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Life's A Stage

Passion For Playing Drives Local Musicians

Suburban Life Magazine

Synth-pop, country rock and everything in between. Not only do the suburbs offer a variety of live music venues, it also is home to a number of talented musicians. Three share a peek at life behind the music.

A chance encounter at a suburban bar changed the course of a band, and a typical mom, forever.
And for the members of Centerfold, it's been smooth sailing ever since.

The suburban pop-rock band began in the late 1970s, started up by Mark and Eric Wedow of Warrenville,  and pal Chuck Federowicz of Wheaton, while they were students at the College of DuPage. For the next several years, they performed as Centerfold, with Mark on guitar, Chuck on bass and Eric on drums, rounded out by the talents of guitarist and keyboard player Tom Kranz. By the mid-1980s, the band members had gone their separate ways, though they occasional discussed reuniting.

“It was like a Blues Brothers thing….’we gotta get the band back together,’” says Eric Wedow.
Five years ago they did just that. And while performing in a Long Grove nightclub, they took a break to chat up some fans in the audience. Cindy Safran was among them.

“We invited her to come up and sing a song with us," says Eric Wedow. "She was phenomenal, and after the show, we were all like, don’t let her leave without getting her number.”

Though the band hadn’t been looking for a female singer, Safran proved a perfect fit. Now she is living out her rock ‘n roll fantasy and having the time of her life. Safran belts out classic and current rock, from Heart to Pink to Journey.

 “This is my first experience in a band and I just love it,” she says. “We’re so much like a family, we get along so well. There’s no drama.

All have daytime careers, in banking, engineering, as a small business owner, and a stay at home mom. But when the weekend comes, the six piece band rocks bars, festivals and outdoor venues throughout the  area.

 “When you see that people enjoy what you’re doing, either they get up and dance or they come up and say they appreciate the music, that’s what I really enjoy,” Eric says.

An acoustic show at a trendy suburban nightclub. A full band show on a legendary stage. A charity concert with the likes of Jim Peterik, Jef Beck and Brian Wilson. PeeWee soccer, gymnastics classes, and Girl Scout meetings.

It's all just a regular month for suburban rockers Mike and Katie Redmond.
Married for eight years, the couple balances the demands of suburban family life, plus day jobs and a busy performance schedule with their country-rock band, The Redmonds.

The band also includes bass player Mike Gorman, pedal steel guitarist Rich Koc, multi-instrumentalist L.J. Slavin and drummer Rick Nelson.  Playing everything from Patsy Cline and Johnny Cash to Civil Wars and the Lumineers, the Redmonds have deemed their style "country rock revival.

“I’m a singer, he’s a guitarist so when we got together, it was natural for us to make music,” says Katie. The couple met at a suburban street festival, when both were hanging around the soundboard with musician friends.

“It was love at first sight,” says Mike, an established Chicago rock musician and former member of Off Broadway, who also works full time as a sales representative for a music wholesale company.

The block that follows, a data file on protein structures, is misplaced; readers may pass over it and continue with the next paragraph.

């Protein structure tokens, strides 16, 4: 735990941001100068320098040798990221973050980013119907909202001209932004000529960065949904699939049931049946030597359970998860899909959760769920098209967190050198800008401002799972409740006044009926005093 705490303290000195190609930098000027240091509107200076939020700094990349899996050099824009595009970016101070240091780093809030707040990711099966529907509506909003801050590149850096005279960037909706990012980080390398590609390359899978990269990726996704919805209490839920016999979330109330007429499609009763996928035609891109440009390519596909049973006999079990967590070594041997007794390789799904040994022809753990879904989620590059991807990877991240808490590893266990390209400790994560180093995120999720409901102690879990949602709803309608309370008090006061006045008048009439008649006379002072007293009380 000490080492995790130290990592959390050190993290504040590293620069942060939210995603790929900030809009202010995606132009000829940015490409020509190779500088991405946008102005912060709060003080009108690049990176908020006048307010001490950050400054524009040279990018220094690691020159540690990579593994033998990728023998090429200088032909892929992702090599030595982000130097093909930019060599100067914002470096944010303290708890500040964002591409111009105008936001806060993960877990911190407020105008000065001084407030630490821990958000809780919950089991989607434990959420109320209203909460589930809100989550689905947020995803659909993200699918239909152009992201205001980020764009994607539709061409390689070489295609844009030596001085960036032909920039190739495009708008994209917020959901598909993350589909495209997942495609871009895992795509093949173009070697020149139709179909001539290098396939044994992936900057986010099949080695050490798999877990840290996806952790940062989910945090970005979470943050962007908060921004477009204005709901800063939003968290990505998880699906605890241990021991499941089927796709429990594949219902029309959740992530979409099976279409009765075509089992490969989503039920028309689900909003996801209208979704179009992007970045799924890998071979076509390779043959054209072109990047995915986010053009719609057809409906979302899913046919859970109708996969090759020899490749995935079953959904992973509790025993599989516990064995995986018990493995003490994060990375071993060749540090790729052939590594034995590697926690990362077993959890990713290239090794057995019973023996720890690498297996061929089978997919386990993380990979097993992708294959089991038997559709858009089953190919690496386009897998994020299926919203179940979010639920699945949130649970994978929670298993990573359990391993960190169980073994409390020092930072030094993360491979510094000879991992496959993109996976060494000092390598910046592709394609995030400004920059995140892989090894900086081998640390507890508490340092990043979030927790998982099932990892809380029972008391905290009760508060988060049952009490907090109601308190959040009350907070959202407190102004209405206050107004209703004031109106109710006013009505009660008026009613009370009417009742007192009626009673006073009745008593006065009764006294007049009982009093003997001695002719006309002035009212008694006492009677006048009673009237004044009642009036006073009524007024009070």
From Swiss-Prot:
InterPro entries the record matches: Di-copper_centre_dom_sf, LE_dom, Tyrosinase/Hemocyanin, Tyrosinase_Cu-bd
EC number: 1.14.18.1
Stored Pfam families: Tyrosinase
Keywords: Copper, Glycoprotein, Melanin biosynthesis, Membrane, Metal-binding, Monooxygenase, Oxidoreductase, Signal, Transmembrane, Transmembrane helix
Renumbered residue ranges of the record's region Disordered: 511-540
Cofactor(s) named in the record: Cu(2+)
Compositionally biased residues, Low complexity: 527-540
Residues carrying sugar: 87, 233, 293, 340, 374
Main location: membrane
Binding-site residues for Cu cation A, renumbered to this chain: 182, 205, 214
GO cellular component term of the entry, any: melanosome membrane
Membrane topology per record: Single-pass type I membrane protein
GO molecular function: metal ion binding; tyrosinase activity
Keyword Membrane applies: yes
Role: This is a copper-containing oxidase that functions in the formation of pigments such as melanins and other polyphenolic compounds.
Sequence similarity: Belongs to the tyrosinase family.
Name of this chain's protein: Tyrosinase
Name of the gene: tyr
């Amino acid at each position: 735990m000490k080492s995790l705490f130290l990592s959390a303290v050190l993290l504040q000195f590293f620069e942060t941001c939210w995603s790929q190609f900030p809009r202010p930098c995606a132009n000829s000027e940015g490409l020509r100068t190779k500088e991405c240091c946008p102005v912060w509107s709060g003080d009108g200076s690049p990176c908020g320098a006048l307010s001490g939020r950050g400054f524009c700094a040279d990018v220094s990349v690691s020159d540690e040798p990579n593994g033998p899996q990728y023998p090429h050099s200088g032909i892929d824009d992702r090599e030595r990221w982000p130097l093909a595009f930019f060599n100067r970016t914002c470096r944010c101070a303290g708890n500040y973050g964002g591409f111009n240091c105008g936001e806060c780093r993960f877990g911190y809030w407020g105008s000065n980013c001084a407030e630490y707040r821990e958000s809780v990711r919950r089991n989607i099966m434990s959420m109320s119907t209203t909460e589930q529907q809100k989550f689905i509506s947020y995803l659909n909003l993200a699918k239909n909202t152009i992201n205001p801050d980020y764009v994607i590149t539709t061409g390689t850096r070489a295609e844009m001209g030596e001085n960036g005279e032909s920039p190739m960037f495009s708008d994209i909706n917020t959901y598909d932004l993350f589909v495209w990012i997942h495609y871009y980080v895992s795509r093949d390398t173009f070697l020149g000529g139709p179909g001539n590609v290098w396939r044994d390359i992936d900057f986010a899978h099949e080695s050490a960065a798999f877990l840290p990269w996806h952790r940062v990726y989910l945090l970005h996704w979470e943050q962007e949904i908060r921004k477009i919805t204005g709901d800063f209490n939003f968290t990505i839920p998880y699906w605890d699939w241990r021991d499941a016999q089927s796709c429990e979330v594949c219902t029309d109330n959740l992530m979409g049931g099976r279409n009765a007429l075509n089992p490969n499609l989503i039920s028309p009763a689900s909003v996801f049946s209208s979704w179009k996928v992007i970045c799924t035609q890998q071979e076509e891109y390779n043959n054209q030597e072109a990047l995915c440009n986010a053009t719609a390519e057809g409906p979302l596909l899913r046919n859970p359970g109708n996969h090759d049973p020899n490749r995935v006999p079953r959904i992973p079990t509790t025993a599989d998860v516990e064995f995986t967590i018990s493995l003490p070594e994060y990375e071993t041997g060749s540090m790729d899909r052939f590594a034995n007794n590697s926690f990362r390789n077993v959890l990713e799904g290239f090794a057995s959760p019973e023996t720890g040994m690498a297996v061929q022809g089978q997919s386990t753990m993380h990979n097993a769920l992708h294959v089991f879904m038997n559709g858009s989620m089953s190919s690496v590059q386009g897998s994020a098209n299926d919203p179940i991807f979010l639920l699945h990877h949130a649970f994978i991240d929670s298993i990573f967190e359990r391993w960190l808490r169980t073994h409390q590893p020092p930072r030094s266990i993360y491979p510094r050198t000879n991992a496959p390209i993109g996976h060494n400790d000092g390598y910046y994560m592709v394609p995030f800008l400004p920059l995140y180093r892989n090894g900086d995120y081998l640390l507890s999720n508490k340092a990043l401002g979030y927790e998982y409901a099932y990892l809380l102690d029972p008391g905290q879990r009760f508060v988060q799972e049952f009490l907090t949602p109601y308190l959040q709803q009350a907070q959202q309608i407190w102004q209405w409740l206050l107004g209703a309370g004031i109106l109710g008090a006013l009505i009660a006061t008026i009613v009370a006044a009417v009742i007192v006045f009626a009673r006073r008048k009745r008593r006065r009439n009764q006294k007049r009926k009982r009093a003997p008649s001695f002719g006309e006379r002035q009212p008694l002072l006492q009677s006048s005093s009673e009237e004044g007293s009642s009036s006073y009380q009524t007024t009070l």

Katie is a classically trained solo vocalist who performed at weddings, corporate functions  before hitting the stage with husband Mike, as a fun way to earn extra money. (She still sings a heck of a National Anthem at sporting events, and her Ave Maria brings a tear to the eye.)

The couple performs both as an acoustic duo, and with their full band, averaging about three weekend dates per month, plus rehearsals.

For the most part, The Redmonds fit their performance schedule around family life, booking more dates in the summer, and bringing their daughters ages 5 and 6,  whenever possible. 

“Our children are our top priority and we want them to do well in school, so making it to teacher conferences and soccer games, is very important. We have to find a work and life balance just like anyone else, but instead of two things, we’re balancing three,” Katie says.

Together since 2009, the Chicago-based indie-rock band Chasing Mars has built a following locally and throughout the Midwest, playing college towns such as Champaign, Madison, Lansing and Ann Arbor, as well as Milwaukee, Louisville and Columbus, Ohio.

Describing the music as "the bastard child" of the Flaming Lips and Coldplay, with a bit of Radiohead,” guitarist Neven Armic, of Riverside.

The band has released an EP and a full-length CD, with a second EP set for release this fall.
In addition to Armic, the band’s line-up includes Brookfield native Sean Goes on keyboards and vocals, and drummer Sam Brown of Chicago. Touring dates often include  bass player Evan West, of Brookfield.

The band began when Armic and Goes, friends since their days at Riverside-Brookfield High School, began a song-writing collaboration. Their early music was written and refined on laptops, though the process has since evolved, says Armic.

“The new songs are more collaborative. We bring them to practice and refine them together before going into the studio,” he explained, adding that the result is a livelier, more upbeat sound.

 “Putting the songs together so we can share them and connect with people is really fun. When have people come up and say how much they enjoyed our set and maybe buy a CD or a t-shirt, it lets us know we’re on the right track,” he says.

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